Caught on tape: Storm chaser survives lightning strike

Storm chasers face multiple hazards in pursuit of Earth’s most violent storms.

They include getting blasted by storm debris, bombarded by hail, blown away by a tornado’s winds, and swept away by a flash flood

Lightning also frequently poses a danger for storm chasers, and came close to claiming a victim Tuesday.  Scott Sheppard of SevereStudios Storm Chasing was struck in the arm recording rainbow footage near Fairburn, South Dakota.  Here’s the video (the strike occurs 14 seconds in):

 

In addition to the dramatic boom generated by the lightning, the resulting burn scars in the pavement (shown towards the end of the video) are remarkable.

(Screenshot from YouTube video)
(Screenshot from YouTube video)

Generally, a car is a safe place to be during lightning due to the Faraday cage effect in which the car’s frame, comprised of conducting material, serves as a shield.  But once you open the window and extend limbs, you lose protection and expose yourself.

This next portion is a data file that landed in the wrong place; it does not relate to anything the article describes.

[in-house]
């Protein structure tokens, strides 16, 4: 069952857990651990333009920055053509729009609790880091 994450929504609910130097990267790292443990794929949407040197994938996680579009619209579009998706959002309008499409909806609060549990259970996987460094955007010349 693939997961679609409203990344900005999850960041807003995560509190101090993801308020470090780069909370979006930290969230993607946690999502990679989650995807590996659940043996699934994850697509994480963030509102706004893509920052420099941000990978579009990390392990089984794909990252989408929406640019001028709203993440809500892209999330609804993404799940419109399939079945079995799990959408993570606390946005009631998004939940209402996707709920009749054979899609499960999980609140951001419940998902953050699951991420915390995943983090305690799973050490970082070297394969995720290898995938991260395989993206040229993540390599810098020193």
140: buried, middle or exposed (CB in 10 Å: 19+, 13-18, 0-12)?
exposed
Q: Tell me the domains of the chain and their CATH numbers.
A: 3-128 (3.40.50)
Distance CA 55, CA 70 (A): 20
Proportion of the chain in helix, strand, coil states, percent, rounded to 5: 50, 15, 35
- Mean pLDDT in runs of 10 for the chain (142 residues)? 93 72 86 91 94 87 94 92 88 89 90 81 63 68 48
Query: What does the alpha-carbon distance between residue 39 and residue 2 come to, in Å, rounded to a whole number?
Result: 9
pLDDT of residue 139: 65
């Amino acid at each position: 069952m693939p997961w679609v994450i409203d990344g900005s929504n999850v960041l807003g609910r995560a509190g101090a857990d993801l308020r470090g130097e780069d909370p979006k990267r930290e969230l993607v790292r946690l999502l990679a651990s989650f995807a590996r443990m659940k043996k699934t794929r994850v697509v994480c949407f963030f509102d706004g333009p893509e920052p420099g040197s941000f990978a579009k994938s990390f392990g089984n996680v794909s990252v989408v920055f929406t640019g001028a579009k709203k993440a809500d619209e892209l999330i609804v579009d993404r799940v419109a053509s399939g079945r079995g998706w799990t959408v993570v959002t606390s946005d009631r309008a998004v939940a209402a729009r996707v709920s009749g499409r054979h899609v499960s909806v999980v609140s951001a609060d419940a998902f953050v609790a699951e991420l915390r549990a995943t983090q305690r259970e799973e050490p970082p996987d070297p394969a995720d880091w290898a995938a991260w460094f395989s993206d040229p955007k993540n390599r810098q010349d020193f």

“The strike hit his arm and then traveled down to the ground and blew a hole in the pavement,” SevereStudios’ Facebook page says. “The lightning also disabled his vehicle which had to be towed. Scott has a sore arm but is otherwise OK.”

Related: Capital Weather Gang lightning science and safety posts

Jason is currently the Washington Post’s weather editor. A native Washingtonian, Jason has been a weather enthusiast since age 10.
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